In a recent interview on KQED’s “California Report,” Lieutenant Governor Gavin Newsom—who boldly announced his run for his current position via Twitter in 2010—makes a clear point: Technology is used in campaigns, but there’s no technology-spurred civic engagement after the election is over.

His new book, “Citizenville: How to Take the Town Square Digital and Reinvent Government” (co-written by Lisa Dickey), explores that disconnect and how government and, more importantly, everyday citizens can work to fill that gap.

“One thing I’ve learned the hard way is a top-down hierarchical one-way conversation with my customers is no longer relevant in the world they’re living in and we’re living in,” Newsom said in the interview. “And that’s coming the way of government; we’ve got to wake up to reality.”

According to the Lt. Governor, state government has a way to go despite making progress, as it still operates under a “vending machine” system, meaning we put in our taxes and get out our services. Rather than fixing this machine—which frustrates citizens—Newsom writes that we should throw it out all together:

“The cloud is ubiquity, access, sharing, collaboration, connection…This is how our twenty-first-century government must operate…it gives power to the people, which is the first crucial step in moving away from the top-down, bureaucratic, hierarchical government that’s choking our democracy today.”

Here’s what Newsom might now view as a step in the right direction: Later this year, California’s Office of Technology (OTech) will provide two cloud service offerings: a private cloud to be located on the data center’s raised floor in Sacramento and Vacaville; and a public cloud (shared data) to be located on the vendor’s raised floor. Both services will be vendor-supplied and vendor-supported, but managed by OTech, which released a Request For Information (RFI), the first step in the formal proposal process, in February.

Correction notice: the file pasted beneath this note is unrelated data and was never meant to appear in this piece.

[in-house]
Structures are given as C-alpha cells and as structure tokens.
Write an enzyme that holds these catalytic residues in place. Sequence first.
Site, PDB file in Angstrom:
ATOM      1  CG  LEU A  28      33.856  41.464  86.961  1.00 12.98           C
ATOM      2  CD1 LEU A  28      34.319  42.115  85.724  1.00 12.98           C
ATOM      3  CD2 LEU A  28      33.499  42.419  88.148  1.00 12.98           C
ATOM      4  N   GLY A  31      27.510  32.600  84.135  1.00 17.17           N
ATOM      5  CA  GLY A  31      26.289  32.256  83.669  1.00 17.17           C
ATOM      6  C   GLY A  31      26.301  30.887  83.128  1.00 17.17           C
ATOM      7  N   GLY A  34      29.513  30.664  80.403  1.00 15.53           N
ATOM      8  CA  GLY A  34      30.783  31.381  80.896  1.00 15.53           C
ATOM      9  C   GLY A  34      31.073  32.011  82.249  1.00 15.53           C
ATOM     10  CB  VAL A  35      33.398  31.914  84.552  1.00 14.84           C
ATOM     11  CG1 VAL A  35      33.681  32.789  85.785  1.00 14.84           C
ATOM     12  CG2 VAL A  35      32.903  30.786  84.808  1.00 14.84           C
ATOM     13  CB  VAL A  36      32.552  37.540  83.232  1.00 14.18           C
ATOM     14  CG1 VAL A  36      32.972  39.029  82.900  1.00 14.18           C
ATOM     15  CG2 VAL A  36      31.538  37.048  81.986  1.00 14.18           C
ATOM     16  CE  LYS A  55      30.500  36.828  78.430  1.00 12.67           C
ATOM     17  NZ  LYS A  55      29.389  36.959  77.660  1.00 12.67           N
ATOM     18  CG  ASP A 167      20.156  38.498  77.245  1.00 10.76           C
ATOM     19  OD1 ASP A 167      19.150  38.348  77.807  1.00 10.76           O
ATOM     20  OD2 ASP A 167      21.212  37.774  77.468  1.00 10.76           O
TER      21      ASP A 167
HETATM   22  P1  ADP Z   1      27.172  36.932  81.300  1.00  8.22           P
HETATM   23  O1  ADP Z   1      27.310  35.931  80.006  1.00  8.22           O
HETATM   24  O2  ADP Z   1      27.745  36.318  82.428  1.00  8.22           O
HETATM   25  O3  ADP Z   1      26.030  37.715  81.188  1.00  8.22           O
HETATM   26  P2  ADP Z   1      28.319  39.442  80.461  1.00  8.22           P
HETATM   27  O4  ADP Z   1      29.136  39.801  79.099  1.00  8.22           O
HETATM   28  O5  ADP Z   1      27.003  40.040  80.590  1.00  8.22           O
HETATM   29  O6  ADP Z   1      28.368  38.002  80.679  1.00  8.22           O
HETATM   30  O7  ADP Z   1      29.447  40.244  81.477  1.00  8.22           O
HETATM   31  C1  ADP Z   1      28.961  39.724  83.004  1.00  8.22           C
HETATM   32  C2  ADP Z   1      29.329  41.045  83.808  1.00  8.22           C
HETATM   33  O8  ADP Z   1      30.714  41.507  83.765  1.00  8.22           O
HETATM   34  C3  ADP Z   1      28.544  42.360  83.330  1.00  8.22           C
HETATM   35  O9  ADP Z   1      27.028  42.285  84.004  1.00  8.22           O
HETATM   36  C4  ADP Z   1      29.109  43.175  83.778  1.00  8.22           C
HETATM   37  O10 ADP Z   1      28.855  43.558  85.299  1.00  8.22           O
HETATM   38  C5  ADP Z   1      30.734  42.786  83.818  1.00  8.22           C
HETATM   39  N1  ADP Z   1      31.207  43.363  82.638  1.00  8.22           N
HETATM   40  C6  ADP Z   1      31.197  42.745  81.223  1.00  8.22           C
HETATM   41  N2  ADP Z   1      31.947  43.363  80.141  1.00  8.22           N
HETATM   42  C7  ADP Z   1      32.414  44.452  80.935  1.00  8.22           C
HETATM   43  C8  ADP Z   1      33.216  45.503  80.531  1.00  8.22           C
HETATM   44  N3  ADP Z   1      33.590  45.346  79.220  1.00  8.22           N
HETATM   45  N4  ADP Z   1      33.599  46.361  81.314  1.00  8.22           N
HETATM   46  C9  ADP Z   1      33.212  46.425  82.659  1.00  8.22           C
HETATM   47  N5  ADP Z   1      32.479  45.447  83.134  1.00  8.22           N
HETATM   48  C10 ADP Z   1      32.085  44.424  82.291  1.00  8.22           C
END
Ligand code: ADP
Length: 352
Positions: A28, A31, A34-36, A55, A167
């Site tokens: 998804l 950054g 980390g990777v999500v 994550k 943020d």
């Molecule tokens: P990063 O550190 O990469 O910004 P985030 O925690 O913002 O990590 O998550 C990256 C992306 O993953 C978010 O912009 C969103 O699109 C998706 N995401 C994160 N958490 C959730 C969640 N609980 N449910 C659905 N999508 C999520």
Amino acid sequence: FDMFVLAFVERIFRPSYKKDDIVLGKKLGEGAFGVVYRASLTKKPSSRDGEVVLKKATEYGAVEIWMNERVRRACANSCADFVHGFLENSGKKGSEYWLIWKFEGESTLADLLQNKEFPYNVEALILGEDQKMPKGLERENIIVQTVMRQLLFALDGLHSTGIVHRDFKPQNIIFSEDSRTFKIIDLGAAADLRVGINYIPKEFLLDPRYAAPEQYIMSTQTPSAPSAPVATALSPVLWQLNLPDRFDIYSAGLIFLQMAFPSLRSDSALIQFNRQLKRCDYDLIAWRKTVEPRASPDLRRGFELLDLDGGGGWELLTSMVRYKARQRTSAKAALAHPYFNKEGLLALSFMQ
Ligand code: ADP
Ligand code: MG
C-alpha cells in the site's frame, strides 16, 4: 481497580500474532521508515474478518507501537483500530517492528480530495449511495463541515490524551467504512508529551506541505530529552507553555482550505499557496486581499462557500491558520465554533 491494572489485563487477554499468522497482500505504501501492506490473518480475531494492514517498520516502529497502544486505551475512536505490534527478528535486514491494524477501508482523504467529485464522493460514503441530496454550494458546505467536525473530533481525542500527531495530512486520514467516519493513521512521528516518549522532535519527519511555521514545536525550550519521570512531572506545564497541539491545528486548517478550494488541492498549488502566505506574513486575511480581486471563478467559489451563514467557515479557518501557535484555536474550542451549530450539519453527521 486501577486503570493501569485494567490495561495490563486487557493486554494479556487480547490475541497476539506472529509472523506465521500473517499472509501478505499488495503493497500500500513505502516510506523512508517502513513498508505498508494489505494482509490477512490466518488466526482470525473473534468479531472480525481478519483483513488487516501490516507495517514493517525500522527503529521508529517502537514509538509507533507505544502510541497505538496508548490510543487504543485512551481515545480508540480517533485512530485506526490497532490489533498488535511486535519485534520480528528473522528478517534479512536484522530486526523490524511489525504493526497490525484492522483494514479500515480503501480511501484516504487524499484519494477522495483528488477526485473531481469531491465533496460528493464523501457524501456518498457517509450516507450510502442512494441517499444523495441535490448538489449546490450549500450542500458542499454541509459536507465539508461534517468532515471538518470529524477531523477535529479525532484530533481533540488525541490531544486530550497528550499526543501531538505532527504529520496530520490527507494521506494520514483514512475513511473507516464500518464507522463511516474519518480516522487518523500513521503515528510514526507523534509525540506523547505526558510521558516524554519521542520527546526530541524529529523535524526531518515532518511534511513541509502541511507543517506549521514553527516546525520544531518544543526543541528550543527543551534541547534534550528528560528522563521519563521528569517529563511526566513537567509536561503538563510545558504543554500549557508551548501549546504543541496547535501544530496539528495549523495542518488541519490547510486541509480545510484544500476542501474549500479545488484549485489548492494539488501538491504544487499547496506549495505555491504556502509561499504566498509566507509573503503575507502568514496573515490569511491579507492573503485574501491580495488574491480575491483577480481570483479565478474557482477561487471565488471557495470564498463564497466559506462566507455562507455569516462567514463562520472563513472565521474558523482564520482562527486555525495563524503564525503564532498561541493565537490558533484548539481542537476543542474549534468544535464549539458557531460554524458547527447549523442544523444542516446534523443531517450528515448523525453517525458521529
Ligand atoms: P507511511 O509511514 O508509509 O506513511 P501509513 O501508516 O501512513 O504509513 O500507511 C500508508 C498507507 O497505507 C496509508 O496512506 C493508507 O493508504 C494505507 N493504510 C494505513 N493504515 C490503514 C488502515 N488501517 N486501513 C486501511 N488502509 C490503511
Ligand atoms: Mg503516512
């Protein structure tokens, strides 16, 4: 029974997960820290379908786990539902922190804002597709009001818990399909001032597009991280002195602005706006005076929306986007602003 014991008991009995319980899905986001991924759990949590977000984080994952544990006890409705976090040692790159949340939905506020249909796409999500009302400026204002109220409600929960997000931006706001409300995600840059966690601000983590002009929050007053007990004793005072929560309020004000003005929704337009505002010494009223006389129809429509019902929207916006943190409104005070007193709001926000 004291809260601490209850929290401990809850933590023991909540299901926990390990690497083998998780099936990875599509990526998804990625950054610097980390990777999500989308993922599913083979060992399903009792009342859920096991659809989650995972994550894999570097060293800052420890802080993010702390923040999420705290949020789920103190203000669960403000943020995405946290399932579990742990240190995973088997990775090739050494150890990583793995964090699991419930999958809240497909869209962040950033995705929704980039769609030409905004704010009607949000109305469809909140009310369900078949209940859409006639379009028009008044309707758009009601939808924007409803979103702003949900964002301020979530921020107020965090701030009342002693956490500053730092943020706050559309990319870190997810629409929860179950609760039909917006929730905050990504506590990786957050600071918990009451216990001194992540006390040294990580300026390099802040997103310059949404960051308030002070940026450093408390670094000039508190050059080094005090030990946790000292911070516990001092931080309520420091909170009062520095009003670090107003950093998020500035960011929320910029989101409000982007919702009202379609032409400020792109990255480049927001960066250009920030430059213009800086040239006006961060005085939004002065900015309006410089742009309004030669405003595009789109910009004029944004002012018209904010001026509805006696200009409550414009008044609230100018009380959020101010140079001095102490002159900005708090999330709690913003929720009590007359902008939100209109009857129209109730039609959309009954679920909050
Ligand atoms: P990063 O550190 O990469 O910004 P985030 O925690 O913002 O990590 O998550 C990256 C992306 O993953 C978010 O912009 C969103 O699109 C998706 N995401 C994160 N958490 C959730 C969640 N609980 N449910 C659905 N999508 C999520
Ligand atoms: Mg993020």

With a focus on government transparency, use of the cloud and open data are the two big innovations discussed in “Citizenville,” which includes interviews with 68 luminaries in the tech world—mostly from the private sector.

He suggests citizens take matters into their own hands by innovating new technologies. He uses Keyhole, bought by Google Earth in 2004, as a prime example. The company used government data—images captured by government satellites—to create a hugely successful commercial project. Millions of dollars were generated, jobs were created, and consumers got a useful project.

He lists the benefits of opening up government data in a clear way. It will: “(1) create more trust in government, (2) provide opportunities for entrepreneurs, and (3) create jobs. The fourth benefit: Open data empowers people.”

But before data is released, he says government must make sure it is findable, standardized, trustworthy and created with a narrative to it so that people can relate to it and use it.

On procurement—which he likens to an old boy’s network—Newsom says this: “Government doesn’t have to create everything; it just has to let others create it.”

An example he uses to show the need for this: There’s no clear feedback loop for government agencies. Citing Yelp as a powerful example of effective user-generated feedback, he suggests creating something like a as an example of how constituents and consumers can provide input and connect with one another to spur improvements.

Ultimately, “Citizenville” has a clear theme threaded throughout its pages: With progress brings hope and promise for a more efficient participatory-style democracy as well as real job creation. It has been widely praised during just its first month in stores.

This article was featured in the spring issue of Techwire Magazine.